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Is correction of segmental kyphosis necessary in single-level anterior cervical fusion surgery? An observational study

Authors Lu J, Sun C, Bai J, Tian S, Zhang B, Tian D, Kong L

Received 17 June 2018

Accepted for publication 13 November 2018

Published 19 December 2018 Volume 2019:15 Pages 39—44

DOI https://doi.org/10.2147/TCRM.S177513

Checked for plagiarism Yes

Review by Single-blind

Peer reviewers approved by Dr Andrew Yee

Peer reviewer comments 4

Editor who approved publication: Professor Deyun Wang


Jian Lu,1,* Changjun Sun,2,* Jiangbo Bai,1,* Siyu Tian,1,* Bing Zhang,1 Dehu Tian,1 Lingde Kong1

1Department of Orthopedics, The Third Hospital of Hebei Medical University, Shijiazhuang, Hebei 050051, China; 2Department of Emergency, The Second Hospital of Tangshan City, Tangshan, Hebei 063000, China

*These authors contributed equally to this work

Background: This study was conducted to determine whether sagittal lordotic alignment and clinical outcomes could be improved by the correction of segmental kyphosis after single-level anterior cervical discectomy and fusion (ACDF) surgery.
Patients and methods: We retrospectively reviewed patients who underwent single-level ACDF surgery in our hospital between January 2014 and February 2017. Basic characteristics of patients included age at surgery, gender, diagnosis, duration of symptoms, and location of target level. Pre- and postoperative radiographs at the 6-month follow-up were used to evaluate the following parameters, such as segmental angle, C2–C7 angle, T1 slope, and C2–C7 sagittal vertical axis (SVA). Postoperative clinical outcomes were assessed by the Neck Disability Index and VAS. According to the segmental angle of postoperative radiographs, patients were divided into noncorrection group and correction group.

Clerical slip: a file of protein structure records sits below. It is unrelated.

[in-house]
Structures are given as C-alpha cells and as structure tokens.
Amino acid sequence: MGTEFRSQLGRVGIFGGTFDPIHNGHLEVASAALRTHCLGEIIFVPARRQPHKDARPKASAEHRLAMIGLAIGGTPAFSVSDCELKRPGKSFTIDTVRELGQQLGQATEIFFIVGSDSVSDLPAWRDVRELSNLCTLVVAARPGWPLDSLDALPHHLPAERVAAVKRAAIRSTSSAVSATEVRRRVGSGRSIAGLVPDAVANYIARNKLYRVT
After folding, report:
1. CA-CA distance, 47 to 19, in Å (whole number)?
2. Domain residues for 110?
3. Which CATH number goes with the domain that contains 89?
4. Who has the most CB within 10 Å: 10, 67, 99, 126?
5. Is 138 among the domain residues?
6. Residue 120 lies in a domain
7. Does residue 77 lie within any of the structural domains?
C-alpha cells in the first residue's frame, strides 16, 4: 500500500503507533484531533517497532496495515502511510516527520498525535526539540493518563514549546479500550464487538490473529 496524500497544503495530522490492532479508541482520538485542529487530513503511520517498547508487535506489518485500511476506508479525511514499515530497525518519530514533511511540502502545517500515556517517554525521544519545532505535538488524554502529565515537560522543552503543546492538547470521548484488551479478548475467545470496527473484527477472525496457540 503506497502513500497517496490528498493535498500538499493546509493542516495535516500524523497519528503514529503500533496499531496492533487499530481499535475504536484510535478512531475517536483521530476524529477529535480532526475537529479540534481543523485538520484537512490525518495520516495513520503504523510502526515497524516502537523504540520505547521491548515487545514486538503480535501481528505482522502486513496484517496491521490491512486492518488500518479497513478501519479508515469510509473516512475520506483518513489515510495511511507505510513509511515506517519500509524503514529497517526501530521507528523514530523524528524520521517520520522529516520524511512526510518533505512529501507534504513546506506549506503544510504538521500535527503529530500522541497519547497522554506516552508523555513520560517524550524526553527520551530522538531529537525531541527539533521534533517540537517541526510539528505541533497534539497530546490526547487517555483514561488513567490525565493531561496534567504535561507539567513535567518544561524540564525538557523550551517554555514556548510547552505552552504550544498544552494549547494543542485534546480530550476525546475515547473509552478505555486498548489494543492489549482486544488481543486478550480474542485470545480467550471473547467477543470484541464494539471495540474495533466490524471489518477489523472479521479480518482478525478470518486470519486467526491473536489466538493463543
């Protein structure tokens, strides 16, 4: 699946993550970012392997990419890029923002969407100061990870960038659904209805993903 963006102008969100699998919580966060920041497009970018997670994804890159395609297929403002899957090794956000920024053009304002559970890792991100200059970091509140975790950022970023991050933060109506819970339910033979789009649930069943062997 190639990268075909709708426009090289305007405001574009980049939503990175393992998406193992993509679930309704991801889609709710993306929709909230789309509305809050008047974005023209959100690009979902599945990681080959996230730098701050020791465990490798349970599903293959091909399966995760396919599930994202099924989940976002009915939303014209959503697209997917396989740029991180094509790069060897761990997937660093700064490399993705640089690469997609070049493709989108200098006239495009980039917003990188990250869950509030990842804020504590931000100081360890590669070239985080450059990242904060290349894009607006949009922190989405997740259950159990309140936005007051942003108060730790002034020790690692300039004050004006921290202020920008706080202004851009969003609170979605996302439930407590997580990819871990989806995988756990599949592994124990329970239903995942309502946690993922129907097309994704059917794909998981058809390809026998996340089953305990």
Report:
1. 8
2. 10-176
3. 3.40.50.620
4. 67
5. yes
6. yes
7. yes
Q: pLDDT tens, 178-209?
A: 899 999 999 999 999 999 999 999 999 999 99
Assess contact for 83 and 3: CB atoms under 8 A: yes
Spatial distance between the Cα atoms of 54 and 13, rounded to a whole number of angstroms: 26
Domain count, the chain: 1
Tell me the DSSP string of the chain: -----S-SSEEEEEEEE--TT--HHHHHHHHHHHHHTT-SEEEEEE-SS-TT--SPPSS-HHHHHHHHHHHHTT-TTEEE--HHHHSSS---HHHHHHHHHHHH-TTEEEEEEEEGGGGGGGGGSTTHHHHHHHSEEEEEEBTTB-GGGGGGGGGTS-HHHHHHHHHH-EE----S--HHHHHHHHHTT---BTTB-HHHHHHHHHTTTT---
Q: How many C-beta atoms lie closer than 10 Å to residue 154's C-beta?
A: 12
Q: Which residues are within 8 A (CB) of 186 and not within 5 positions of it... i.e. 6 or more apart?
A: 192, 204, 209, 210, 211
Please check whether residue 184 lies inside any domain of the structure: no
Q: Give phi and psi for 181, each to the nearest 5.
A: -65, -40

Results: A total of 181 patients (99 males and 82 females) were analyzed in our study. There were 32 patients in the noncorrection group and 149 patients in the correction group. There was no significant difference in demographic and clinical data between the two groups before surgery. However, patients in the correction group showed larger C2–C7 angle and lower C2–C7 SVA after surgery in comparison with those in the noncorrection group. Besides, changes in the segmental angle were positively correlated with changes in C2–C7 angle and negatively correlated with changes in C2–C7 SVA.
Conclusion: Surgical correction of segmental kyphosis in single-level cervical surgery contributed to balanced cervical alignment in comparison with those without satisfactory correction. However, we could not demonstrate that the correction of segmental alignment is associated with a better recovery in clinical outcomes.

Keywords: segmental kyphosis, sagittal alignment, single level, cervical spine, anterior cervical discectomy and fusion

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